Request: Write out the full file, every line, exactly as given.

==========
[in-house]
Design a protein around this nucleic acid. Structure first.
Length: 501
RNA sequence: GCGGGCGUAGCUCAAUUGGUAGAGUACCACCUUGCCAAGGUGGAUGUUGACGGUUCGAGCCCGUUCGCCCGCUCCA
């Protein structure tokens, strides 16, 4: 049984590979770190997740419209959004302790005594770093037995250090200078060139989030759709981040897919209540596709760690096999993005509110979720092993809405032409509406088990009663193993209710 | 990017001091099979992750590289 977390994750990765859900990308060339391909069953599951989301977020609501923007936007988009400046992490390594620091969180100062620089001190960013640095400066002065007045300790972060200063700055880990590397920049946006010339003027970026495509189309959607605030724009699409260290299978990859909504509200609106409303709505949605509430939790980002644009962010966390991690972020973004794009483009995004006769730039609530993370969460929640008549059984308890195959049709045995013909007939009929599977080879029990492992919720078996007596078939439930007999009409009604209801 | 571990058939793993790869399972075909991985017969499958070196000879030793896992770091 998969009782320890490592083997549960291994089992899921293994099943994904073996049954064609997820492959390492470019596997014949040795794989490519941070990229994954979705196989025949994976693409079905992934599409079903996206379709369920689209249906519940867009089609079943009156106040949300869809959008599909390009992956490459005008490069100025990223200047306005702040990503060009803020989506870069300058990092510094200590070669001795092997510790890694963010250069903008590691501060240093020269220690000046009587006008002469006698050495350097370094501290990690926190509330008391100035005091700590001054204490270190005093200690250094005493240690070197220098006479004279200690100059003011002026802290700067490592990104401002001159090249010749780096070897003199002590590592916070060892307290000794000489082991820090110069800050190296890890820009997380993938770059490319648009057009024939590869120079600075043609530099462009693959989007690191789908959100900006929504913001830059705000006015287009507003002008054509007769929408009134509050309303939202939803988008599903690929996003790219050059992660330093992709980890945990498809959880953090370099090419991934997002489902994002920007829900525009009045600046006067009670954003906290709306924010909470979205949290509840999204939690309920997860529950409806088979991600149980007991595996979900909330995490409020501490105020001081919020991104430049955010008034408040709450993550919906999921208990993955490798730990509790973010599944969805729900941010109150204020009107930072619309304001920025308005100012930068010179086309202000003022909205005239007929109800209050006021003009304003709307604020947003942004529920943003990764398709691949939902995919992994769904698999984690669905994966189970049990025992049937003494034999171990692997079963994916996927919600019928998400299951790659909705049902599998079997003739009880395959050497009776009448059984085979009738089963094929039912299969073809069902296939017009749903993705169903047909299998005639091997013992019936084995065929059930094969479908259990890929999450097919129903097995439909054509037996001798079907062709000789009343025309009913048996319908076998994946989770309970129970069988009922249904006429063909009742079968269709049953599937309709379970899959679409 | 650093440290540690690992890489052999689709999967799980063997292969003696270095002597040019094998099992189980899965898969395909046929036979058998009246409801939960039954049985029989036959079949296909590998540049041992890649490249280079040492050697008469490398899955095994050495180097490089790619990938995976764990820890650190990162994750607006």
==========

[in-house]
Design a protein around this nucleic acid. Structure first.
Length: 501
RNA sequence: GCGGGCGUAGCUCAAUUGGUAGAGUACCACCUUGCCAAGGUGGAUGUUGACGGUUCGAGCCCGUUCGCCCGCUCCA
């Protein structure tokens, strides 16, 4: 049984590979770190997740419209959004302790005594770093037995250090200078060139989030759709981040897919209540596709760690096999993005509110979720092993809405032409509406088990009663193993209710 | 990017001091099979992750590289 977390994750990765859900990308060339391909069953599951989301977020609501923007936007988009400046992490390594620091969180100062620089001190960013640095400066002065007045300790972060200063700055880990590397920049946006010339003027970026495509189309959607605030724009699409260290299978990859909504509200609106409303709505949605509430939790980002644009962010966390991690972020973004794009483009995004006769730039609530993370969460929640008549059984308890195959049709045995013909007939009929599977080879029990492992919720078996007596078939439930007999009409009604209801 | 571990058939793993790869399972075909991985017969499958070196000879030793896992770091 998969009782320890490592083997549960291994089992899921293994099943994904073996049954064609997820492959390492470019596997014949040795794989490519941070990229994954979705196989025949994976693409079905992934599409079903996206379709369920689209249906519940867009089609079943009156106040949300869809959008599909390009992956490459005008490069100025990223200047306005702040990503060009803020989506870069300058990092510094200590070669001795092997510790890694963010250069903008590691501060240093020269220690000046009587006008002469006698050495350097370094501290990690926190509330008391100035005091700590001054204490270190005093200690250094005493240690070197220098006479004279200690100059003011002026802290700067490592990104401002001159090249010749780096070897003199002590590592916070060892307290000794000489082991820090110069800050190296890890820009997380993938770059490319648009057009024939590869120079600075043609530099462009693959989007690191789908959100900006929504913001830059705000006015287009507003002008054509007769929408009134509050309303939202939803988008599903690929996003790219050059992660330093992709980890945990498809959880953090370099090419991934997002489902994002920007829900525009009045600046006067009670954003906290709306924010909470979205949290509840999204939690309920997860529950409806088979991600149980007991595996979900909330995490409020501490105020001081919020991104430049955010008034408040709450993550919906999921208990993955490798730990509790973010599944969805729900941010109150204020009107930072619309304001920025308005100012930068010179086309202000003022909205005239007929109800209050006021003009304003709307604020947003942004529920943003990764398709691949939902995919992994769904698999984690669905994966189970049990025992049937003494034999171990692997079963994916996927919600019928998400299951790659909705049902599998079997003739009880395959050497009776009448059984085979009738089963094929039912299969073809069902296939017009749903993705169903047909299998005639091997013992019936084995065929059930094969479908259990890929999450097919129903097995439909054509037996001798079907062709000789009343025309009913048996319908076998994946989770309970129970069988009922249904006429063909009742079968269709049953599937309709379970899959679409 | 650093440290540690690992890489052999689709999967799980063997292969003696270095002597040019094998099992189980899965898969395909046929036979058998009246409801939960039954049985029989036959079949296909590998540049041992890649490249280079040492050697008469490398899955095994050495180097490089790619990938995976764990820890650190990162994750607006």